Cebu youth reminded: Register to vote
This is a press release from the First Time Voters’ Network:
MANILA, Philippines — Have you registered? (READ: How to register)
First Time Voters’ Network (FTVN), a coalition of youth groups for the elections, is calling on the Cebu City Council to urge young voters to register before the deadline on October 31, 2015.
FTVN is urging their allies in the City Council to use their powers in encouraging young people to exercise their right to vote. (READ: #PHVoteChallenge)
Councilor Alvin Dizon, a member of the Cebu City Council, wants local government units (LGUs) to make the last push for young voters to register. “The youth here in Cebu is very involved in politics. We need to tap on their energy and translate it into meaningful votes,” said Dizon.
Meanwhile, Akbayan Youth Visayas head Jumjum Ouano supported the call for the Council to mobilize young people to the Commission on Elections (COMELEC). “We can’t afford to have hundreds of young voters to miss out on their right to participate in national elections,” Ouano said. “If we have to knock on every young voters’ homes or schools, we will.”
Cebu province has a total of 2,481,068 registered voters as of January 2015, according to the COMELEC. Majority of Cebu City’s 565,150 voters are aged 18 to 30 years old.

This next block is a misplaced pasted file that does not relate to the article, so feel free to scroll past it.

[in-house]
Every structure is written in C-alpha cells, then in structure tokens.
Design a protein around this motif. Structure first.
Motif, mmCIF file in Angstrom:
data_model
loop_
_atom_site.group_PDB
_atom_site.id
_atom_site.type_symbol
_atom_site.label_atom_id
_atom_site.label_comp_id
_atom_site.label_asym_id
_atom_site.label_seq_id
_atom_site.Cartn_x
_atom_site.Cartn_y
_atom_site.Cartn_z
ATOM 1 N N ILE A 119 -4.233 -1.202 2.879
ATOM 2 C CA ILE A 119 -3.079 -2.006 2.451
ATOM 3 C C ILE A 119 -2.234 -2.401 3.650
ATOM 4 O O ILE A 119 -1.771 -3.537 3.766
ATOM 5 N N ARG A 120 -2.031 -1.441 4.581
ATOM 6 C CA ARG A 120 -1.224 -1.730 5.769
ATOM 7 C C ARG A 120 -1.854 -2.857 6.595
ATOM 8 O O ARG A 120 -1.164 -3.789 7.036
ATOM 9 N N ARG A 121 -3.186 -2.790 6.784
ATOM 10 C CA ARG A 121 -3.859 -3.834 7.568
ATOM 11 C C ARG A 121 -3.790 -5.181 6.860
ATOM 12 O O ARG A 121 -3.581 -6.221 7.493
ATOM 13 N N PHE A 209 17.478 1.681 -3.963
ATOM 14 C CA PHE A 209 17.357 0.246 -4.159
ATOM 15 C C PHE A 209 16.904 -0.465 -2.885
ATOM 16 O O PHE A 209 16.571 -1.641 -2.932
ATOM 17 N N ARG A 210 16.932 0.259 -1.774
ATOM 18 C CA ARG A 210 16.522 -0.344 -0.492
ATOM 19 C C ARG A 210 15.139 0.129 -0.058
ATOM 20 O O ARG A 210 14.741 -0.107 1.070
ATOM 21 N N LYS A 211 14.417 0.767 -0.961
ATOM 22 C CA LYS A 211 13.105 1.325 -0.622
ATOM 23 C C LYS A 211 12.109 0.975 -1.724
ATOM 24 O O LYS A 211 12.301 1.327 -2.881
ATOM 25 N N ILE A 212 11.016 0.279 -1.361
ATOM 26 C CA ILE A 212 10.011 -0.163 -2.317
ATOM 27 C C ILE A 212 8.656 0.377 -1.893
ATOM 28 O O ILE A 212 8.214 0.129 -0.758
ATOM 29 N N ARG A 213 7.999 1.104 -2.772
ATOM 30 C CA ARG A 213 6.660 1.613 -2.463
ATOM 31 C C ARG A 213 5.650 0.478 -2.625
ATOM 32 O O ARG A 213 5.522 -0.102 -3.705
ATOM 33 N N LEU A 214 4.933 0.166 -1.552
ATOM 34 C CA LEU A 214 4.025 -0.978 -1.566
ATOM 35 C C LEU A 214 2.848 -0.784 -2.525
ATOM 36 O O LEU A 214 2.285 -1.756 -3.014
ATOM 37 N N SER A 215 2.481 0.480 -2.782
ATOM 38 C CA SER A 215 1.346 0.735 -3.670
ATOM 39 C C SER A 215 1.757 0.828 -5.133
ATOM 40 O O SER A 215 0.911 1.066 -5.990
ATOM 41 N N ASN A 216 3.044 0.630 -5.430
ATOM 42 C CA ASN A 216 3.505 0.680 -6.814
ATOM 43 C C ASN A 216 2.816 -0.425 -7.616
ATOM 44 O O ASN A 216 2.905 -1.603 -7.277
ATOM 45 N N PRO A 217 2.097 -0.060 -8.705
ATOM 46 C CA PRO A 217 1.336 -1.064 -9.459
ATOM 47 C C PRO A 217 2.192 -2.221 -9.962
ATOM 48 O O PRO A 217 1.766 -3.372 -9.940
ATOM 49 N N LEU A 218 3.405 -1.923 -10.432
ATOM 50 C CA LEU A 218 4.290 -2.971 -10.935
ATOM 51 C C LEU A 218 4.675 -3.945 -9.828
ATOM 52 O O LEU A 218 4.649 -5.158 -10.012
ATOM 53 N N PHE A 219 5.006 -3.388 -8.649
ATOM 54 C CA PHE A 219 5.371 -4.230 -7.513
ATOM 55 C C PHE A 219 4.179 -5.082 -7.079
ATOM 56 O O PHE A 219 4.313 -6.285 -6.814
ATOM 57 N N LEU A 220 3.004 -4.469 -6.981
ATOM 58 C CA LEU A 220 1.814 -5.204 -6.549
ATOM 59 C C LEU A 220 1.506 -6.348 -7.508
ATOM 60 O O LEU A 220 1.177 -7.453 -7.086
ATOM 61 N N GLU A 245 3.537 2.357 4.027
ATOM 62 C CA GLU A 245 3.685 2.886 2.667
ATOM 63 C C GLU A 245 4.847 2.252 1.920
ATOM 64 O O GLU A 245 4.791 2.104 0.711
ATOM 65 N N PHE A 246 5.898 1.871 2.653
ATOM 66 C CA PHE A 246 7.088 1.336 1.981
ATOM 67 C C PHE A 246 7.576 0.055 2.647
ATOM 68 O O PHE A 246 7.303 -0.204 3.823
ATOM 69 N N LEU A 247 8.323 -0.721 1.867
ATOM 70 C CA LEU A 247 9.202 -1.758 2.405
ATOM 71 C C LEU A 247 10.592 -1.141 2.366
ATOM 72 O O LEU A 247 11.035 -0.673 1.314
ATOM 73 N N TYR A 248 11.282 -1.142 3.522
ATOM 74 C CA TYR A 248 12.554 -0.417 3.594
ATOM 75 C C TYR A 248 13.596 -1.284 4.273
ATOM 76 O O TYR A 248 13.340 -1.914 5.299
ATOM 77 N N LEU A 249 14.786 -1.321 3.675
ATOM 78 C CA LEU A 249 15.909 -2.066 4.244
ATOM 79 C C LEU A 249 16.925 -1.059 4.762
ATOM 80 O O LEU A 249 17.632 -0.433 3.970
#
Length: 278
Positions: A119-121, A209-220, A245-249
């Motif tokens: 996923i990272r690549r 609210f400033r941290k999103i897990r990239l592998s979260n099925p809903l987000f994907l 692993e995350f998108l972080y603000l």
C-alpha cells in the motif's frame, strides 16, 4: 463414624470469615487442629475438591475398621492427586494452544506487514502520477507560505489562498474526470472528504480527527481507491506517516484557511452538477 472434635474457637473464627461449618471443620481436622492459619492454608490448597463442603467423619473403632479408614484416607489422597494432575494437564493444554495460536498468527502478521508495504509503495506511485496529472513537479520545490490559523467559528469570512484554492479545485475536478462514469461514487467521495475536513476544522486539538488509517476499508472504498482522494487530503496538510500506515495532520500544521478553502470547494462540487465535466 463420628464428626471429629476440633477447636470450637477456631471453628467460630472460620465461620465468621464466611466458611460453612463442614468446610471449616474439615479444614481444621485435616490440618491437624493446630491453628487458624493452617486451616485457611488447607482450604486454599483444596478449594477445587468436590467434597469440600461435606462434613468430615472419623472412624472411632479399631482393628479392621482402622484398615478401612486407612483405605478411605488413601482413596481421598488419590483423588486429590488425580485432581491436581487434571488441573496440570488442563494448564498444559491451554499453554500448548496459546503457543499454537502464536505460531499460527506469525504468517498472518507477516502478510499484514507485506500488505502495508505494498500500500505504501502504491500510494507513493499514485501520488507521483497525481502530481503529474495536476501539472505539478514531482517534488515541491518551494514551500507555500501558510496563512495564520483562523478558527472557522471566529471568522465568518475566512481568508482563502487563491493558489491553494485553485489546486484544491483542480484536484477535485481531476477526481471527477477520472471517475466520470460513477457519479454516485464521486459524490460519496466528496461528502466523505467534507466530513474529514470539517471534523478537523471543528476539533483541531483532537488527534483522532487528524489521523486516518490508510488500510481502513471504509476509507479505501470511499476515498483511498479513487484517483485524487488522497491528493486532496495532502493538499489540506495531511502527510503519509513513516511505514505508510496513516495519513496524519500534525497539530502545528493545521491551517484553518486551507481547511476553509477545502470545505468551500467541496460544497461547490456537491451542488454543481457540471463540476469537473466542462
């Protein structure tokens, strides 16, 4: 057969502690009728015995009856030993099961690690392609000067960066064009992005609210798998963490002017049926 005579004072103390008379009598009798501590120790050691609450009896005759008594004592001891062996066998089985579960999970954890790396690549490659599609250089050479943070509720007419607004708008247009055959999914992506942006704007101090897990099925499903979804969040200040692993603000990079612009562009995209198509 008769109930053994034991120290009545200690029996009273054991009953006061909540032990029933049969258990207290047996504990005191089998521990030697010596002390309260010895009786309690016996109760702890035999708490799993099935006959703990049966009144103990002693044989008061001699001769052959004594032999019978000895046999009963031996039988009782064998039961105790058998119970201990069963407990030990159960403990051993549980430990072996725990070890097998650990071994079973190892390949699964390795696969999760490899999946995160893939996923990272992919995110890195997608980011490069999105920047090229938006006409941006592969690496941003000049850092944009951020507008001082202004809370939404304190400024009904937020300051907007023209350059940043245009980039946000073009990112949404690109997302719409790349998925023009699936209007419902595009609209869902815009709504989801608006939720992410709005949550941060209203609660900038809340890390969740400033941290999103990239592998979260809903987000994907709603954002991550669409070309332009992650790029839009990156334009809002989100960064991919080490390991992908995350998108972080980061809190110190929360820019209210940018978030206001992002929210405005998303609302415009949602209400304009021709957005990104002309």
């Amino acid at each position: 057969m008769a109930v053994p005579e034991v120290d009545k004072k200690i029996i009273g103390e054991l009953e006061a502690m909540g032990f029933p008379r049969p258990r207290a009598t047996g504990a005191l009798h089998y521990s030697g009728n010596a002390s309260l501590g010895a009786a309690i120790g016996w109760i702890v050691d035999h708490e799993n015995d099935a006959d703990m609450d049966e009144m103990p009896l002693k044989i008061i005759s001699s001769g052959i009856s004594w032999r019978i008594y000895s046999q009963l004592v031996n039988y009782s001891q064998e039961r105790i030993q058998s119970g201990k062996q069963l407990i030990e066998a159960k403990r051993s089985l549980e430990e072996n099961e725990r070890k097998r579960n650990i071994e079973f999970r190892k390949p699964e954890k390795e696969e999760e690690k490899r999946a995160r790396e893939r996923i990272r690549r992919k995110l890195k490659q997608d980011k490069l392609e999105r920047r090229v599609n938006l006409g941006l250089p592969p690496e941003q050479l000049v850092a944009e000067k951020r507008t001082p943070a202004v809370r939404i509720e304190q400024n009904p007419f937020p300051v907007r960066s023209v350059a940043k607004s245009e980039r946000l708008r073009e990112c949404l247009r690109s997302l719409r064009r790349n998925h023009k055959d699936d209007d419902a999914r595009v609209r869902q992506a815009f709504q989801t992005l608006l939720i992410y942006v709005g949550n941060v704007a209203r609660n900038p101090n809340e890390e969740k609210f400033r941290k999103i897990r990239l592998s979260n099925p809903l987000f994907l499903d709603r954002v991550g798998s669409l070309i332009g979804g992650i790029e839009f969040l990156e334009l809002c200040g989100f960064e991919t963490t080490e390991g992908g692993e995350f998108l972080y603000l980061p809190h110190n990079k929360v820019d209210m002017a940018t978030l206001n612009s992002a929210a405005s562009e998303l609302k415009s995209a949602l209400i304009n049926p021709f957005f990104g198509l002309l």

The COMELEC set the deadline for registration on October 31, a Saturday, until 5:00 PM in all registration outlets, including municipal, city, and barangay halls, as well as selected malls.
All Filipino citizens who have not yet registered, at least 18 years old, and residents for at least 6 months of the place they wish to vote in are qualified to register via biometrics.
According to the COMELEC, almost 54 million Filipinos registered as voters in the 2013 midterm elections. Almost 18 million of them were aged 18 to 30, rendering the youth vote as a force to reckon with during elections. Voter turnout was at 75.72% during the said elections.
Akbayan Youth has been active in encouraging youth participation in various aspects of governance, including elections. For the movement, the youth has the right and duty to be involved in reform politics if only to affect meaningful and long-lasting change in society. – Rappler.com